Study design, enrolment and longitudinal follow-up of subjects

This study adopted a prospective cohort study design. A total of 390 subjects from the 92 randomly sampled households were recruited and followed up weekly for 12 weeks, excluding those aged below 5 years due to the unreliable reporting of their injuries. Subjects aged above 18 years provided their consent to participate in the study, while parental consent and subject assent were sought for those aged between 5 and 17 years. On every Friday of each week of follow-up, the household heads received a phone call from the principal author to inquire about any report of an injury within the study week. A report of an injury in a household member triggered a household visit to characterise the injury to the specific person injured using a standard questionnaire structured in a closed format by a trained research assistant. Injuries among subjects aged below the age of 18 years were characterised in presence of their parents or guardians. We conducted the questionnaire survey in the local ‘Dholuo’ language to ensure reliability and consistency of responses.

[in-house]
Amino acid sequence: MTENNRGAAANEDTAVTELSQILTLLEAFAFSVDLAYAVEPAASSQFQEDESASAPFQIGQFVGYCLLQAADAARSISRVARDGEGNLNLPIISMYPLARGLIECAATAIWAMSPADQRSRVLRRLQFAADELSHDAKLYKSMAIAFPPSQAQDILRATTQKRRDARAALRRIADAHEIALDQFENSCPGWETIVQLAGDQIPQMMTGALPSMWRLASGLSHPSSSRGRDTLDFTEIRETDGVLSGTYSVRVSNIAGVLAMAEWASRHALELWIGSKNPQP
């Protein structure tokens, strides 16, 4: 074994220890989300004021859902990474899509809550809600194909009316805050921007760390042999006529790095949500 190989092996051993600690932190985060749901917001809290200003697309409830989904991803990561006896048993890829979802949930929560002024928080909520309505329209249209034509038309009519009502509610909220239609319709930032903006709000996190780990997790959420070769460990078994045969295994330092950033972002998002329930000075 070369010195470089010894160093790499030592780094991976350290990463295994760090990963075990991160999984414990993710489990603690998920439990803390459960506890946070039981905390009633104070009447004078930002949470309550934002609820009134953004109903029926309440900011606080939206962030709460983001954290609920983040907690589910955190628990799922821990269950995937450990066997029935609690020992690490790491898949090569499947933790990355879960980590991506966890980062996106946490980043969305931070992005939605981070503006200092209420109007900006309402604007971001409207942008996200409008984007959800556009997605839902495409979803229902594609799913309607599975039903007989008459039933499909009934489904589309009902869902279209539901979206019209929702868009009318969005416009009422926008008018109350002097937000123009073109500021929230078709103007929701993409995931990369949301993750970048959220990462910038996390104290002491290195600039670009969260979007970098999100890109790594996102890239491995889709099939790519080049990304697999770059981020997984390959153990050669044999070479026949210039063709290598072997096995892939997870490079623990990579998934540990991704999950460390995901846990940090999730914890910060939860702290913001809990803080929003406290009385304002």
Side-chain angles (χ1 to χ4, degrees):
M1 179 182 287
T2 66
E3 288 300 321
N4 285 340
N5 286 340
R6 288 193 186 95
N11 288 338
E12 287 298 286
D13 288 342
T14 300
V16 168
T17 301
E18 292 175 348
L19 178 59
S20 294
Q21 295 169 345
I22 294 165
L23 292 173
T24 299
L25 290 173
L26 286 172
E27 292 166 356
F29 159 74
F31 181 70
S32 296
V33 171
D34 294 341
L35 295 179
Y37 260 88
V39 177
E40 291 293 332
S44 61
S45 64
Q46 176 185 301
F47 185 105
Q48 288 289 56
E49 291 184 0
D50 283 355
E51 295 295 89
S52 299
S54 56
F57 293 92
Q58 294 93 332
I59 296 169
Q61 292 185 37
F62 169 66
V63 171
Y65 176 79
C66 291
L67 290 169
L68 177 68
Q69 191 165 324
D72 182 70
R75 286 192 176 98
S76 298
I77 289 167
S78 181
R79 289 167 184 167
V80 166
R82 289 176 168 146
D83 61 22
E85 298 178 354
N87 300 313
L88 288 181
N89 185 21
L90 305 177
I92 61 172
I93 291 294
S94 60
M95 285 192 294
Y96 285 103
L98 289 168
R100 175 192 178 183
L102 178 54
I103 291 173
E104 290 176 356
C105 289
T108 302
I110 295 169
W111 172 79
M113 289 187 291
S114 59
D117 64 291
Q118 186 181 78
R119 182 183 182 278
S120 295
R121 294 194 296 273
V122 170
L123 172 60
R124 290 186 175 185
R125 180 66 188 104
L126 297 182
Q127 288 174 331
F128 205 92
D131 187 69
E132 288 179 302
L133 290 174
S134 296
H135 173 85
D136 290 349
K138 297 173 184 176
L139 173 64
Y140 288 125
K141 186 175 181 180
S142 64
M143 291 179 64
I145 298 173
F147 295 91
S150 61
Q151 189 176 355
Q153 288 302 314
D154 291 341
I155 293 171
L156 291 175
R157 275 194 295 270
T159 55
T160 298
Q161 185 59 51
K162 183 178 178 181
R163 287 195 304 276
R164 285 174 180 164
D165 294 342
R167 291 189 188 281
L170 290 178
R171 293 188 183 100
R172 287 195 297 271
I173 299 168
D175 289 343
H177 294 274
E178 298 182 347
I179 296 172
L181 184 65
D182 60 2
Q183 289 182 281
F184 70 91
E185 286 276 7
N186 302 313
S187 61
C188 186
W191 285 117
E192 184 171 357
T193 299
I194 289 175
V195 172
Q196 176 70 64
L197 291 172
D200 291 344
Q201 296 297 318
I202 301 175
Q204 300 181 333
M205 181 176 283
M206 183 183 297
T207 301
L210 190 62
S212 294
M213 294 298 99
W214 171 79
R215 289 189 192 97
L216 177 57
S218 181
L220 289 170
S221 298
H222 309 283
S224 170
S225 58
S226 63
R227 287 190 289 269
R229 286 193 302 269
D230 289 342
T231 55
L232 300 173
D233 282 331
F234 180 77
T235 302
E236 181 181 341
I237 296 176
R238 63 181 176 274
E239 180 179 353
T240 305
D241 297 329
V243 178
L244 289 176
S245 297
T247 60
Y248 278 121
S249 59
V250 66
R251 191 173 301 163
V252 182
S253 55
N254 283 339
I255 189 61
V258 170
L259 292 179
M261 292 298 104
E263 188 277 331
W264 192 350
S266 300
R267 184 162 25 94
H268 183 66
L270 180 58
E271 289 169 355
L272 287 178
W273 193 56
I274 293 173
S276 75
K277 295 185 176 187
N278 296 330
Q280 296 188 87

Longitudinal data collection

We had already obtained information on time-invariant factors relevant to sociodemographic, socioeconomic and household-level variables during the baseline survey.12 Briefly, these included independent variables considered as demographic, occupational, societal risks broadly grouped at the individual and household levels. Demographic factors at the individual level included sex grouped into male and female subjects, and age categorised into those aged 5–17 years, 18–54 years, and >54 years hereinafter denoted simply as young, middle-aged and old subjects, respectively (table 1). Three regions arbitrarily defined the study area into the top, bottom left and bottom right according to their geographical positions (online supplemental figure 1S).

Supplemental material

Table 1

Description of the time-invariant variables collected during the recruitment of study subjects